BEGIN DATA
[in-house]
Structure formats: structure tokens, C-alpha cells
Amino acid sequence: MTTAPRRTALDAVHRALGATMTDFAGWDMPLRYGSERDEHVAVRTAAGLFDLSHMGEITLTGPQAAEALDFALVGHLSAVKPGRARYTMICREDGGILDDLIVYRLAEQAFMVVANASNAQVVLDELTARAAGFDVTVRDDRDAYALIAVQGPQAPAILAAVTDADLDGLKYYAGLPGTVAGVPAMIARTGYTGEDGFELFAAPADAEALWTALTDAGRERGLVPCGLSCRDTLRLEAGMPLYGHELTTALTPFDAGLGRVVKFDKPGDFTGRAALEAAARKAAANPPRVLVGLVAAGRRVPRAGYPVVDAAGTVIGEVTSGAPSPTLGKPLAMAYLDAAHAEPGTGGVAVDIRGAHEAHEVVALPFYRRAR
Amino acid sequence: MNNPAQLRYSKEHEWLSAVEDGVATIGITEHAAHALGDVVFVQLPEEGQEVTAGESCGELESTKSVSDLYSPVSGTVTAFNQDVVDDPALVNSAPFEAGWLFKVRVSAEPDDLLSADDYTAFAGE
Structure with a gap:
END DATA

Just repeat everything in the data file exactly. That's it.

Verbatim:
[in-house]
Structure formats: structure tokens, C-alpha cells
Amino acid sequence: MTTAPRRTALDAVHRALGATMTDFAGWDMPLRYGSERDEHVAVRTAAGLFDLSHMGEITLTGPQAAEALDFALVGHLSAVKPGRARYTMICREDGGILDDLIVYRLAEQAFMVVANASNAQVVLDELTARAAGFDVTVRDDRDAYALIAVQGPQAPAILAAVTDADLDGLKYYAGLPGTVAGVPAMIARTGYTGEDGFELFAAPADAEALWTALTDAGRERGLVPCGLSCRDTLRLEAGMPLYGHELTTALTPFDAGLGRVVKFDKPGDFTGRAALEAAARKAAANPPRVLVGLVAAGRRVPRAGYPVVDAAGTVIGEVTSGAPSPTLGKPLAMAYLDAAHAEPGTGGVAVDIRGAHEAHEVVALPFYRRAR
Amino acid sequence: MNNPAQLRYSKEHEWLSAVEDGVATIGITEHAAHALGDVVFVQLPEEGQEVTAGESCGELESTKSVSDLYSPVSGTVTAFNQDVVDDPALVNSAPFEAGWLFKVRVSAEPDDLLSADDYTAFAGE
Structure with a gap: